In late 2021, Salvatore Torquato, on sabbatical from the Department of Chemistry, reached across the aisle as it were and invited a young astrophysicist at the Institute for Advanced Study to apply the tools of statistical mechanics to his own work on the distribution of galaxies.
The astrophysicist, Oliver Philcox, now a postdoc at the Simons Foundation, was intrigued. A year-long collaboration ensued.
The questions at the heart of their unusual partnership were straightforward: can the statistical descriptors Torquato has worked with throughout his career find application in unlikely places like cosmology, and can they accurately characterize the complexity in the distribution of galaxies? The answer to both questions: yes, indeed.
Their collaboration came to fruition this week with a paper in Physical Review X, “The Disordered Heterogeneous Universe: Galaxy Distribution and Clustering Across Length Scales.” In it, the researchers demonstrate they can uncover useful information about the spatial distribution of galaxies from a few descriptors more commonly used to classify the microstructure of materials.
This figure shows a portion of the Universe (in black and white), with collections of dark matter indicated by points and their associated large-scale topological structures indicated by colors.
Astrophysicists have long explored questions about the large-scale structure of the Universe through standard tools of physical cosmology. What Torquato and Philcox did was offer proof that a new array of descriptors can be used to characterize structural data across length scales, from the atomic scale to the largest scale in the Universe … including the Universe.
Torquato uses the word “zoology” to capture the theoretical and computational techniques he uses in his work. What he means is: applying statistical descriptors that describe complex materials microstructures to determine their physical and chemical properties at the macroscale.
Applying these techniques on the largest scale to locate similarities, Torquato and Philcox treated galaxies as a cloud of individual points akin to particles in a material.
Salvatore Torquato, the Lewis Bernard Professor of Natural Sciences, Professor of Chemistry and the Princeton Materials Institute.
“So, okay, I have two regions of space: it can be the galaxies and then everything outside the galaxies. Among other things, you can study the holes between the galaxies similarly to the way you would study the structure of materials,” said Torquato, a theoretical chemist and the Lewis Bernard Professor of Natural Sciences, Professor of Chemistry and the Princeton Materials Institute.
“If I say, I want to put a ball between the galaxies that doesn’t touch any of the galaxies, how big a ball do I need? You could apply that statistical question to any complicated structure, whether it’s the distribution of galaxies or the distribution of atoms. That’s the beauty of it.
“Interestingly,” he added, “the unique structure of the Universe provides new challenges to ascertain even better descriptors for describing terrestrial materials.”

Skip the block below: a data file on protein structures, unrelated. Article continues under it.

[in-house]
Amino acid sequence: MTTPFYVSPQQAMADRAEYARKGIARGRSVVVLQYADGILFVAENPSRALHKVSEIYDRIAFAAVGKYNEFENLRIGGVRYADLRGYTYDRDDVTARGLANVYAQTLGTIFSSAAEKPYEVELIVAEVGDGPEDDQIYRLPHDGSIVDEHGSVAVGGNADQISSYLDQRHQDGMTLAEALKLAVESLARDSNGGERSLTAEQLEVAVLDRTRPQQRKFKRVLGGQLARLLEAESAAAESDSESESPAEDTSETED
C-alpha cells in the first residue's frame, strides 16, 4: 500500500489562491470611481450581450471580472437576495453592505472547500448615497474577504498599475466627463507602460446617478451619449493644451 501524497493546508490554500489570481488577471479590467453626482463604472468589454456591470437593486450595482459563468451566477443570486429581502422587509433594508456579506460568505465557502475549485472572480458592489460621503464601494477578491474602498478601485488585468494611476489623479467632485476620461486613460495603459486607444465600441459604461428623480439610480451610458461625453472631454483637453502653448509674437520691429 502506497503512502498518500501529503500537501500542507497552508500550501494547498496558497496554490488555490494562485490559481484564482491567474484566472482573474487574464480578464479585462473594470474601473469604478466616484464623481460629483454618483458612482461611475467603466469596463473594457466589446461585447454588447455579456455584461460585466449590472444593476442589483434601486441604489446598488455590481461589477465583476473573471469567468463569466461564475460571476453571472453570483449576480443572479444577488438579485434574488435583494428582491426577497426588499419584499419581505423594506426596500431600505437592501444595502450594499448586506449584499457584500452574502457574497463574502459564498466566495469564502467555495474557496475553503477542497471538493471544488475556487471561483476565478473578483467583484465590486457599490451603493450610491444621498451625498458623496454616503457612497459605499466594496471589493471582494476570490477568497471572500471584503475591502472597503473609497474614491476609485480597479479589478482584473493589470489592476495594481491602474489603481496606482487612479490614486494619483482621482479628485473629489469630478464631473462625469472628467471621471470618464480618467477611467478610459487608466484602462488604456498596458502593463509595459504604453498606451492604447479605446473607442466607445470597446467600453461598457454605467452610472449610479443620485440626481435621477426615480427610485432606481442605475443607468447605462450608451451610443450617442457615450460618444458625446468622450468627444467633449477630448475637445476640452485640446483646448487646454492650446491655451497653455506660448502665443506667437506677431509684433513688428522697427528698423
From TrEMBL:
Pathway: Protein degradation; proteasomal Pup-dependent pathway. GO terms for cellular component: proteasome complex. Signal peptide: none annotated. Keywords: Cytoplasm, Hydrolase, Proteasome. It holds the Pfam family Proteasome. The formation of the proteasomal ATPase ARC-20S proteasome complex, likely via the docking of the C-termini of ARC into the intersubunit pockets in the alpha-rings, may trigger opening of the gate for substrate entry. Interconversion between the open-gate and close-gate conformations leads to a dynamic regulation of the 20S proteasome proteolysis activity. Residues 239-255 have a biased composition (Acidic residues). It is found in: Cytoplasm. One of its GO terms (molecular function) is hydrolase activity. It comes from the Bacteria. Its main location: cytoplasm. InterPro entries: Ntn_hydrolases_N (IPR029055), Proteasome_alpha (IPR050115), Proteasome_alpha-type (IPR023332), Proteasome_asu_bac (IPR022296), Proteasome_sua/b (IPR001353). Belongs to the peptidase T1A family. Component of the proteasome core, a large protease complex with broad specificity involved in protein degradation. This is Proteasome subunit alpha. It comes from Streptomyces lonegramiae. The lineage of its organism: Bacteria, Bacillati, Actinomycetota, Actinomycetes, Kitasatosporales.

Philcox, formerly a graduate student in Princeton’s Department of Astrophysical Sciences, embraced this “zoology” to enlarge his own toolbox. A key example was his use of the pair-connectedness function, which Philcox defines as a particular way to characterize materials by looking at the distribution of pairs of points.
Oliver Philcox, formerly a graduate student in Princeton’s Department of Astrophysical Sciences and now a postdoc with the Simons Foundation.
“Delving into the zoology with Sal certainly led to some interesting discoveries of statistics used in materials science that could be used in cosmology, but hadn’t yet, the pair-connectedness function being the most notable one,” said Philcox. “Conventional cosmological statistics answer the question: if I pick two points at random, what is their separation, probabilistically?
“The pair-connectedness function does a similar thing but includes topological information. Essentially, it groups the particles in a material into connected structures, then looks at the distribution of separations between two points within that structure, rather than globally.”
Using this and other functions, researchers were able to generate tables of numbers that served as a measure of order or disorder across length scales. When applied to questions of spatial relationships between galaxies, the tools underscored a kind of correlated disorder – a complex structural property that is “definitely” not random.
“There is a tremendous amount of detailed information in the structure of the universe, so we asked, is there reduced information that you can extract in an intelligent way through these statistical tools—salient, reduced information—that can then reproduce essentially all of those details?” said Torquato.
“We’re asking exactly the same questions about large-scale structure that cosmologists have always asked using more standard descriptors: how do we describe this structure; how do we characterize it; how do we quantify it; what can we get from it in terms of the physics,” he added. “We’re just using some new theoretical tools to do so.”
Added Philcox: “I think it’s an important message that there are some conceptually very simple tools that can allow us to extract new information about the Universe, particularly with regard to its clustering, that are quite orthogonal to what’s already used. We’re excited to see how these can be used in practice!”